Wall Street has see-sawed, and closed slightly lower after a tumultuous week during which benchmark Treasury yields hit 16-year highs as investors digested the Federal Reserve’s hawkish outlook revisions.
All three major US stock indexes oscillated for much of the session and posted weekly losses.
On Thursday, the S&P 500 dipped below its 100-day moving average – a key support level – for the first time since March, its failure to break above that level suggests the index is still under downward pressure.
“This week is about some Fed messaging colliding with overly optimistic equity investors,” said Zachary Hill, head of portfolio management at Horizon Investments in Charlotte, North Carolina.
Hill added that investors have “wanted to trade peak interest rates for almost a year now.”
But he said it was clear in remarks this week by Fed Chair Jerome Powell “and in the dot plot that the Fed doesn’t think we’re there yet.”
“This week’s stock action has been about digesting that reality,” Hill said.
Benchmark US Treasury yields retreated from 16-year highs as investors turned their focus from hawkish Fed guidance to key economic data waiting in the wings.
Investors were still digesting the Fed’s decision to let its key interest rate stand, but update its quarterly Summary Economic Projections to suggest restrictive monetary policy will remain in place longer than previously anticipated.
On Friday, remarks from Fed Governor Michelle Bowman supported the FOMC hawks, suggesting the Fed funds target rate should be raised further and held “at a restrictive level for some time” to bring inflation down to the central bank’s two per cent target.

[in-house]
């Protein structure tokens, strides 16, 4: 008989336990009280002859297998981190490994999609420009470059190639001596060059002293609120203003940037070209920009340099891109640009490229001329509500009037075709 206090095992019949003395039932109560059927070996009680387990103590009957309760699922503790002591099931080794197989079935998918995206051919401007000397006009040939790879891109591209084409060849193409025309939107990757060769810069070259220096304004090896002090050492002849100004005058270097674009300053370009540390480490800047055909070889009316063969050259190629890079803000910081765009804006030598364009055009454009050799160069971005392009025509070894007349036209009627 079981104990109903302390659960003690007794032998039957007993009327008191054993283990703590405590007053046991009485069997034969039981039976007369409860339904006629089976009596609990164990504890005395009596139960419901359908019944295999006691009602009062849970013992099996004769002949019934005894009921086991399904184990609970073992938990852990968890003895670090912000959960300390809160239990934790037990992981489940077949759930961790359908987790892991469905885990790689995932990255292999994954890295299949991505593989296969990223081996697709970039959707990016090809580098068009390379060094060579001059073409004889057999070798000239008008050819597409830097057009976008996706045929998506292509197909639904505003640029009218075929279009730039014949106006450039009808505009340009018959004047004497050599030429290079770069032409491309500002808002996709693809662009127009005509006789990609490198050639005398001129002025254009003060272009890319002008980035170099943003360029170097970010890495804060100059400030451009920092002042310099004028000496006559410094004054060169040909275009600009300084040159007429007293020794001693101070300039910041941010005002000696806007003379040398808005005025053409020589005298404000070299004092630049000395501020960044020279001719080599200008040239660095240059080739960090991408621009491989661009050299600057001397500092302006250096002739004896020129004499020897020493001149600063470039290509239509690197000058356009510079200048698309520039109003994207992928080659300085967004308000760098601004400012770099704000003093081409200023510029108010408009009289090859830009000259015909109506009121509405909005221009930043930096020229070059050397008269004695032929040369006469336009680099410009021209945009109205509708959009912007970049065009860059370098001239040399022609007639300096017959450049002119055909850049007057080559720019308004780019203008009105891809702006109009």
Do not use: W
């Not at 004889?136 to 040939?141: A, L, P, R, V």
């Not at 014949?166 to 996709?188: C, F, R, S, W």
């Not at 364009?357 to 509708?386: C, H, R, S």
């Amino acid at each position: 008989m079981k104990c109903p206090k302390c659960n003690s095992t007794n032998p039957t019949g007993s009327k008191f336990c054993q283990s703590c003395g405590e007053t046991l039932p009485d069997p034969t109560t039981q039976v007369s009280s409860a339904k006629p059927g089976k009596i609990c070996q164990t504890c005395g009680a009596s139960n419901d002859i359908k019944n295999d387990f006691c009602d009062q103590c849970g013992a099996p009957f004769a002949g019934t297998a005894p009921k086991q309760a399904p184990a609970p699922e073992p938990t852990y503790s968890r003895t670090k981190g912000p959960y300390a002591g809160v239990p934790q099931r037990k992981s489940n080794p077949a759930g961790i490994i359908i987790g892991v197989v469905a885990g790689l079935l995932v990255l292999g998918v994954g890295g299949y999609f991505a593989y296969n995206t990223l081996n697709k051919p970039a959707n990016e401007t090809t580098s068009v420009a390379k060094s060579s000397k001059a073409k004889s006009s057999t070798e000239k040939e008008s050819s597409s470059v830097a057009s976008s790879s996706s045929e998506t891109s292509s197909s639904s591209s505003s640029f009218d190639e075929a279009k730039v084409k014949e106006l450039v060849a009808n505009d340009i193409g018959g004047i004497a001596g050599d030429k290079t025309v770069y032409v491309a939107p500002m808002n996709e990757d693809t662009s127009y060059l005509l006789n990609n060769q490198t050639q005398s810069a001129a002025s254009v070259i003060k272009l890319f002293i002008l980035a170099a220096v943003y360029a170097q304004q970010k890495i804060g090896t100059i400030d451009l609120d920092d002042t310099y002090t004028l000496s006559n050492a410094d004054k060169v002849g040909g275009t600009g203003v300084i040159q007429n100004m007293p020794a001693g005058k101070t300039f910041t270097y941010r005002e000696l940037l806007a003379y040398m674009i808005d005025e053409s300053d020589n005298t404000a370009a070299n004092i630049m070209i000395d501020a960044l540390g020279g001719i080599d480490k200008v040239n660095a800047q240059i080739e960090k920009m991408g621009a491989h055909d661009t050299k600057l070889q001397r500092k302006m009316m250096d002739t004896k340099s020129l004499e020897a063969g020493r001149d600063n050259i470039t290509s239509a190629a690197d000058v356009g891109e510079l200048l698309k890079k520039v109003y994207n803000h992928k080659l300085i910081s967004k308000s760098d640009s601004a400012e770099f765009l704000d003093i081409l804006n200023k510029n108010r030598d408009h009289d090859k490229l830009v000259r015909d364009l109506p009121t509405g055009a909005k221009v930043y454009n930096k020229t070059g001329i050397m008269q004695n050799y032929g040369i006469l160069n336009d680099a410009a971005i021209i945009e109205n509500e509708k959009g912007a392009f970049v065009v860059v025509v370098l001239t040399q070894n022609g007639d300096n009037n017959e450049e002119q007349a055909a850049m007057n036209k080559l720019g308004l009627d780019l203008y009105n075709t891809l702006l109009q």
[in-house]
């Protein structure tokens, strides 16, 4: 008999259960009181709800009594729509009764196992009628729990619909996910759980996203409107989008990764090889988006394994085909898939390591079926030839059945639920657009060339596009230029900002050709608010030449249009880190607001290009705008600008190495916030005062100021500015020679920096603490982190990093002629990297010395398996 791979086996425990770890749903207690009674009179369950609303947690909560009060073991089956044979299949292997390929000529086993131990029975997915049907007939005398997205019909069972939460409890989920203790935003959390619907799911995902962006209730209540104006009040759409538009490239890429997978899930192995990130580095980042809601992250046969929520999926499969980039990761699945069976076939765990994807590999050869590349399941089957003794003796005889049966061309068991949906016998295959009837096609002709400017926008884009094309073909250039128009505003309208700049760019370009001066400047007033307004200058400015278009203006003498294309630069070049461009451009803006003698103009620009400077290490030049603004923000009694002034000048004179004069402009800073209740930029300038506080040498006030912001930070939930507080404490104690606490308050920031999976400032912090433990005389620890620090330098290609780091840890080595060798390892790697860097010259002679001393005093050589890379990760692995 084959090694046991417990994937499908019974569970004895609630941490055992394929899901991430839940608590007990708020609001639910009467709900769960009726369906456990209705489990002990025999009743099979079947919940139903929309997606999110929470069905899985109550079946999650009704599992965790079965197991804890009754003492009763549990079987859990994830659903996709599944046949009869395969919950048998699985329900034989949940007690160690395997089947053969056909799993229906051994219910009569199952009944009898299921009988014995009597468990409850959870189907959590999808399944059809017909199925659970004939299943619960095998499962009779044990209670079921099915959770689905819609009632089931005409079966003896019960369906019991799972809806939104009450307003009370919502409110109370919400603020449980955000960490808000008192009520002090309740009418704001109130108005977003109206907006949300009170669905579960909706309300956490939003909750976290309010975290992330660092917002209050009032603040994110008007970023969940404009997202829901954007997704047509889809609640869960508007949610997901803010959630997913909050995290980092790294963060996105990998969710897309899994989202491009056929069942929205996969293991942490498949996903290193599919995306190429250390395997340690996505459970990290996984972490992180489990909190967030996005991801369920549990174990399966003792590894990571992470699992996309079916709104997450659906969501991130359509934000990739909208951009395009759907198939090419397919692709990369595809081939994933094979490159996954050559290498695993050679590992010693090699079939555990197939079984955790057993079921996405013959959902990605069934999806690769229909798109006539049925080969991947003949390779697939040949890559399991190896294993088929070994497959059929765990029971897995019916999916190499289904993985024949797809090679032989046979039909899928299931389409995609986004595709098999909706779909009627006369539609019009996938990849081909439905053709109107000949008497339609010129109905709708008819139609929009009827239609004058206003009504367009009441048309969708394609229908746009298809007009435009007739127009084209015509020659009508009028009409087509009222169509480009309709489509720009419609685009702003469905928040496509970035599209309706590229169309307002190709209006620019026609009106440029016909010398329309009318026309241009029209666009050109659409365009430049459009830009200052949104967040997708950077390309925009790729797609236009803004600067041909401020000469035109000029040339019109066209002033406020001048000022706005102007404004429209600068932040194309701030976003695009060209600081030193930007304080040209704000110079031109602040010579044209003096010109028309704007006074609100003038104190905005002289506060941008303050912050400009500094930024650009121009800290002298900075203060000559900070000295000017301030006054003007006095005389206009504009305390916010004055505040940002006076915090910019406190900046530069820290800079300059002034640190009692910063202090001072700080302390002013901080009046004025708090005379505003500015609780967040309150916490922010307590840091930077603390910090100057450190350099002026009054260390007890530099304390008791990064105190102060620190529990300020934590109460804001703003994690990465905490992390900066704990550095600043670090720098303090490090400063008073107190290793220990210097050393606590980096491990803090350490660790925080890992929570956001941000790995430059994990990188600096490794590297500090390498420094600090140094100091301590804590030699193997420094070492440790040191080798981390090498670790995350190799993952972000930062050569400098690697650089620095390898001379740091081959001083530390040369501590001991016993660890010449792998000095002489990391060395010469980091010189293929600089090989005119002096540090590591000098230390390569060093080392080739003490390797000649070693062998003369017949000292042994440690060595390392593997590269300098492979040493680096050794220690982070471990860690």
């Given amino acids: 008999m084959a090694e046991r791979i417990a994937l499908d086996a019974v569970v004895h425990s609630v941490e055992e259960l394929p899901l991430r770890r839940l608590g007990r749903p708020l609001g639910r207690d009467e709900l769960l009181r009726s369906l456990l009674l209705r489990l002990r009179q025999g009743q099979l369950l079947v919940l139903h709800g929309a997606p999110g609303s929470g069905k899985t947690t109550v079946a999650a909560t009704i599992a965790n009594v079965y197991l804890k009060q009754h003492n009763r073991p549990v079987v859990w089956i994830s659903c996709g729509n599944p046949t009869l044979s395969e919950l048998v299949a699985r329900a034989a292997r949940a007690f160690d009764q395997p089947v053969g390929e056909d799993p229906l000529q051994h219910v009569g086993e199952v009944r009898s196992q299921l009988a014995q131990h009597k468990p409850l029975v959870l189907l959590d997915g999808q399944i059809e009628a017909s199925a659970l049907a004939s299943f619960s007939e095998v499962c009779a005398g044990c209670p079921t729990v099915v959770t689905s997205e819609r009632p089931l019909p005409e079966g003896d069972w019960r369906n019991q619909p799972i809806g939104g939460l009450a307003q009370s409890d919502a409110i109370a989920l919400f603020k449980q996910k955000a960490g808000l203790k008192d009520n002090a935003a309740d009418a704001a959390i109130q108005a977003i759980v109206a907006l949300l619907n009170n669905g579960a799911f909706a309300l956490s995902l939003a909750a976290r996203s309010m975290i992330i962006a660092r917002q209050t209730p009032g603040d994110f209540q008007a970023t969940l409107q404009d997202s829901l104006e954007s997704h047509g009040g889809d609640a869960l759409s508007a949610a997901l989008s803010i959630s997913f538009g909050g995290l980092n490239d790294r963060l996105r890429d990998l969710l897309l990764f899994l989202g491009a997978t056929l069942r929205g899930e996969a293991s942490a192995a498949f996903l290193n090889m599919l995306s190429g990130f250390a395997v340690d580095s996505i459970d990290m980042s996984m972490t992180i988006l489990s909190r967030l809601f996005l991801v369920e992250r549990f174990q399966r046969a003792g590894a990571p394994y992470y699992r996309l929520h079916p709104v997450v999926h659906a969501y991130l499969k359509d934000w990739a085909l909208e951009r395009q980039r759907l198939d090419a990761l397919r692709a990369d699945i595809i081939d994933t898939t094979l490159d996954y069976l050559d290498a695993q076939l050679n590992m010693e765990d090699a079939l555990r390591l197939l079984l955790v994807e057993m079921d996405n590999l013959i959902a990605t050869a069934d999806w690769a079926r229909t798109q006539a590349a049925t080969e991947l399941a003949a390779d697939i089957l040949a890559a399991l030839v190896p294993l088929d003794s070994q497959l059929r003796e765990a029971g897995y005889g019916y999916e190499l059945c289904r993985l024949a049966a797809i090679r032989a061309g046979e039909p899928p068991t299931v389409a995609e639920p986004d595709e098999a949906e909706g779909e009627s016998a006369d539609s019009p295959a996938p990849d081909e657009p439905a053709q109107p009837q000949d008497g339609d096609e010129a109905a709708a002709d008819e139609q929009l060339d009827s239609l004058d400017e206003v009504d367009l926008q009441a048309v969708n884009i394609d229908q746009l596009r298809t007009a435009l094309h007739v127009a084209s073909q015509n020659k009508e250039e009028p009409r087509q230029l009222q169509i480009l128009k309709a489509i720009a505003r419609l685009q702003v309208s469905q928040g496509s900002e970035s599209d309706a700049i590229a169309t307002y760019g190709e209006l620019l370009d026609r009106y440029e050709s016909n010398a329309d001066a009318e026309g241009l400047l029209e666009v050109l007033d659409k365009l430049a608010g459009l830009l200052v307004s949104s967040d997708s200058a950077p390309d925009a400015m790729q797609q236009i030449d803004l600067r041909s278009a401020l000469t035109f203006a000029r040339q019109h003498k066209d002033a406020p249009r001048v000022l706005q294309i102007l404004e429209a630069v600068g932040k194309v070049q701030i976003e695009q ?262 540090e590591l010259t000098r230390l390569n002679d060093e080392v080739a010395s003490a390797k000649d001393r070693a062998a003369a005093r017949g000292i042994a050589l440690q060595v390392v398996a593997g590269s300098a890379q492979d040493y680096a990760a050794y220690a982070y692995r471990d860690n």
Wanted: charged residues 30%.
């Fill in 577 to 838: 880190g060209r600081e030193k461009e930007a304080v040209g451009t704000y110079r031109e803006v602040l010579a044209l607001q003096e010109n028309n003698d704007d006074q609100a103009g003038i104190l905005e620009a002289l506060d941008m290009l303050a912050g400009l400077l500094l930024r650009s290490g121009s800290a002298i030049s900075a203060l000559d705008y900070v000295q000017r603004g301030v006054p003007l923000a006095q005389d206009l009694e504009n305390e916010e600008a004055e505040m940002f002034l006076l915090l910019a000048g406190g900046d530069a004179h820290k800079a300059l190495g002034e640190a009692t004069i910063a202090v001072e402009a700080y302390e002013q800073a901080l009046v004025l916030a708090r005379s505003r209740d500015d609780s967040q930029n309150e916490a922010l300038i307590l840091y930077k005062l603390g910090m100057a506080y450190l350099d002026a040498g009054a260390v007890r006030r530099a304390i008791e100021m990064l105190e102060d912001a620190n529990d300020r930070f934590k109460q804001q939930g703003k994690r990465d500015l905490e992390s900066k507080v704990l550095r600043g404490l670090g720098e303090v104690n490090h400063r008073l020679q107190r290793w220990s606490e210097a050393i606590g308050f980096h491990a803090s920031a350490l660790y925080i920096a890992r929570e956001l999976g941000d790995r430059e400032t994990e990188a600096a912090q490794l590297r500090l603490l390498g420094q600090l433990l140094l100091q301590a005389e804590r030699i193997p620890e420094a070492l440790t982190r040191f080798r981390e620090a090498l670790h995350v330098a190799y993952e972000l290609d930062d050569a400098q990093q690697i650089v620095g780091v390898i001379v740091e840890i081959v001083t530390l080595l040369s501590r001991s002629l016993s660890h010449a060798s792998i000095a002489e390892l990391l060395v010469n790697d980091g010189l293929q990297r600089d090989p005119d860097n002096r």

“There are a lot of factors working against a soft landing and that’s something the Fed needs to be reminded of, because pushing rates higher could push us into recession,” said Robert Pavlik, senior portfolio manager at Dakota Wealth in Fairfield, Connecticut.
According to preliminary data, the S&P 500 lost 10.75 points, or 0.25 per cent, to end at 4,319.25 points, while the Nasdaq Composite lost 12.18 points, or 0.09 per cent, to 13,211.81. The Dow Jones Industrial Average fell 106.91 points, or 0.31 per cent, to 33,963.51.
Ford Motor Co advanced after the striking United Auto Workers union reported progress in talks with the automaker.
Activision Blizzard rose in the wake Britain’s antitrust regulator’s statement that Microsoft Corp’s restructured $69 billion acquisition of the company by “opens the door” to the biggest-ever gaming deal being cleared.
US-listed shares of Chinese firms including PDD Holdings , JD.com, Li Auto and Baidu gained on signs of an economic a rebound, while Alibaba jumped in the wake of a report that the company’s logistics arm Cainiao was planning to file for a Hong Kong IPO as soon as next week.
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